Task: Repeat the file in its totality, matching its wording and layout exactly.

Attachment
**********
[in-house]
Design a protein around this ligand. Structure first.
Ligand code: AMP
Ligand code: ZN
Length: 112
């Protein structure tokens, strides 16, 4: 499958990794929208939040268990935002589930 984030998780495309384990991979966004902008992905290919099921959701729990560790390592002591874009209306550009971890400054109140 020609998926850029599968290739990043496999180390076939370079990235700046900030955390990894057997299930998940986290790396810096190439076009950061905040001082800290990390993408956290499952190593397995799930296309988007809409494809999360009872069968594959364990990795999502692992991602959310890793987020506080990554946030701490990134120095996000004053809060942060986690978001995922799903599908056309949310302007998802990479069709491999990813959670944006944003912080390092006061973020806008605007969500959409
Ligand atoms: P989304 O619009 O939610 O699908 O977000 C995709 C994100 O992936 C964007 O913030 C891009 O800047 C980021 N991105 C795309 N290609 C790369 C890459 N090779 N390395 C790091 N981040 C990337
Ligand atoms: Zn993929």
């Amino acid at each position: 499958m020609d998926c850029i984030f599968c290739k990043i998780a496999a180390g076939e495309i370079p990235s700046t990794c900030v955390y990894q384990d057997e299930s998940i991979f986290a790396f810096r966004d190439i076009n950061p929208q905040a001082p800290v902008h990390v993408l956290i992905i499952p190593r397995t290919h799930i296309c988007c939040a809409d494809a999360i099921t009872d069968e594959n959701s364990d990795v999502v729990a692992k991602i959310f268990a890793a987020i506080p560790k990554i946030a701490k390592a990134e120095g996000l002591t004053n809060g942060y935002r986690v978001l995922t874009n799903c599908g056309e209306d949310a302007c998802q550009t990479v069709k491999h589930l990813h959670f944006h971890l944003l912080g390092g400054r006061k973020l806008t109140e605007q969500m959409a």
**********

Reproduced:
[in-house]
Design a protein around this ligand. Structure first.
Ligand code: AMP
Ligand code: ZN
Length: 112
């Protein structure tokens, strides 16, 4: 499958990794929208939040268990935002589930 984030998780495309384990991979966004902008992905290919099921959701729990560790390592002591874009209306550009971890400054109140 020609998926850029599968290739990043496999180390076939370079990235700046900030955390990894057997299930998940986290790396810096190439076009950061905040001082800290990390993408956290499952190593397995799930296309988007809409494809999360009872069968594959364990990795999502692992991602959310890793987020506080990554946030701490990134120095996000004053809060942060986690978001995922799903599908056309949310302007998802990479069709491999990813959670944006944003912080390092006061973020806008605007969500959409
Ligand atoms: P989304 O619009 O939610 O699908 O977000 C995709 C994100 O992936 C964007 O913030 C891009 O800047 C980021 N991105 C795309 N290609 C790369 C890459 N090779 N390395 C790091 N981040 C990337
Ligand atoms: Zn993929």
């Amino acid at each position: 499958m020609d998926c850029i984030f599968c290739k990043i998780a496999a180390g076939e495309i370079p990235s700046t990794c900030v955390y990894q384990d057997e299930s998940i991979f986290a790396f810096r966004d190439i076009n950061p929208q905040a001082p800290v902008h990390v993408l956290i992905i499952p190593r397995t290919h799930i296309c988007c939040a809409d494809a999360i099921t009872d069968e594959n959701s364990d990795v999502v729990a692992k991602i959310f268990a890793a987020i506080p560790k990554i946030a701490k390592a990134e120095g996000l002591t004053n809060g942060y935002r986690v978001l995922t874009n799903c599908g056309e209306d949310a302007c998802q550009t990479v069709k491999h589930l990813h959670f944006h971890l944003l912080g390092g400054r006061k973020l806008t109140e605007q969500m959409a």